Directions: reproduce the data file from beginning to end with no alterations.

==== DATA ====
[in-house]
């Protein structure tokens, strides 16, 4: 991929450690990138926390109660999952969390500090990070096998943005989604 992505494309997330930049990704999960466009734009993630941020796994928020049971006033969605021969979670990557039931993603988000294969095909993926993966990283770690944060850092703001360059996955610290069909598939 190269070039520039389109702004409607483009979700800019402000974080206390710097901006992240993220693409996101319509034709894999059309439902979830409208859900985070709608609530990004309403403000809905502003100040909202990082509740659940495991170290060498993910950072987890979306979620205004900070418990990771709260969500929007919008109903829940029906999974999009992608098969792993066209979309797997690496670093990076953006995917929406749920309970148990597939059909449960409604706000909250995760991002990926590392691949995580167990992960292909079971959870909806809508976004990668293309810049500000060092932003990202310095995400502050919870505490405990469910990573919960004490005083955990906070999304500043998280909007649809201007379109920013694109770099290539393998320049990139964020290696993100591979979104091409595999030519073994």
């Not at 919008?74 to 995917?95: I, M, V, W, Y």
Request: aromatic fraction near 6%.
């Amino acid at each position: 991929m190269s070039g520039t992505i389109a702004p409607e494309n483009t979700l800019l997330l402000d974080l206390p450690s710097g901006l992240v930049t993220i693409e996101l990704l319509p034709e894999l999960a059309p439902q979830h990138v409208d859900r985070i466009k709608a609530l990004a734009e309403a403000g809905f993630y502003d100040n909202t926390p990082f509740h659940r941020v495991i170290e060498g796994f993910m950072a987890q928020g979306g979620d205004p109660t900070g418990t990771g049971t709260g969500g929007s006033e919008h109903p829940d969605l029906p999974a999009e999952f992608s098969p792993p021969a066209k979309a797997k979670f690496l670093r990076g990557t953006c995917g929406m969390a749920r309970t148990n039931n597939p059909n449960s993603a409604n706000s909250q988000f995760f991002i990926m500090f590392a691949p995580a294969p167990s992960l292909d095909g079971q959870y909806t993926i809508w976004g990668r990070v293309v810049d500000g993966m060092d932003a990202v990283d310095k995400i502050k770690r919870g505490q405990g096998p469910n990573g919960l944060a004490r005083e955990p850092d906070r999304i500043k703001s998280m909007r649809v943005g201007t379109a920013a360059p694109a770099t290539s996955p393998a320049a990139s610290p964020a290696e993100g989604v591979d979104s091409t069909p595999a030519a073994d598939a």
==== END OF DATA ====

[in-house]
């Protein structure tokens, strides 16, 4: 991929450690990138926390109660999952969390500090990070096998943005989604 992505494309997330930049990704999960466009734009993630941020796994928020049971006033969605021969979670990557039931993603988000294969095909993926993966990283770690944060850092703001360059996955610290069909598939 190269070039520039389109702004409607483009979700800019402000974080206390710097901006992240993220693409996101319509034709894999059309439902979830409208859900985070709608609530990004309403403000809905502003100040909202990082509740659940495991170290060498993910950072987890979306979620205004900070418990990771709260969500929007919008109903829940029906999974999009992608098969792993066209979309797997690496670093990076953006995917929406749920309970148990597939059909449960409604706000909250995760991002990926590392691949995580167990992960292909079971959870909806809508976004990668293309810049500000060092932003990202310095995400502050919870505490405990469910990573919960004490005083955990906070999304500043998280909007649809201007379109920013694109770099290539393998320049990139964020290696993100591979979104091409595999030519073994």
């Not at 919008?74 to 995917?95: I, M, V, W, Y």
Request: aromatic fraction near 6%.
């Amino acid at each position: 991929m190269s070039g520039t992505i389109a702004p409607e494309n483009t979700l800019l997330l402000d974080l206390p450690s710097g901006l992240v930049t993220i693409e996101l990704l319509p034709e894999l999960a059309p439902q979830h990138v409208d859900r985070i466009k709608a609530l990004a734009e309403a403000g809905f993630y502003d100040n909202t926390p990082f509740h659940r941020v495991i170290e060498g796994f993910m950072a987890q928020g979306g979620d205004p109660t900070g418990t990771g049971t709260g969500g929007s006033e919008h109903p829940d969605l029906p999974a999009e999952f992608s098969p792993p021969a066209k979309a797997k979670f690496l670093r990076g990557t953006c995917g929406m969390a749920r309970t148990n039931n597939p059909n449960s993603a409604n706000s909250q988000f995760f991002i990926m500090f590392a691949p995580a294969p167990s992960l292909d095909g079971q959870y909806t993926i809508w976004g990668r990070v293309v810049d500000g993966m060092d932003a990202v990283d310095k995400i502050k770690r919870g505490q405990g096998p469910n990573g919960l944060a004490r005083e955990p850092d906070r999304i500043k703001s998280m909007r649809v943005g201007t379109a920013a360059p694109a770099t290539s996955p393998a320049a990139s610290p964020a290696e993100g989604v591979d979104s091409t069909p595999a030519a073994d598939a």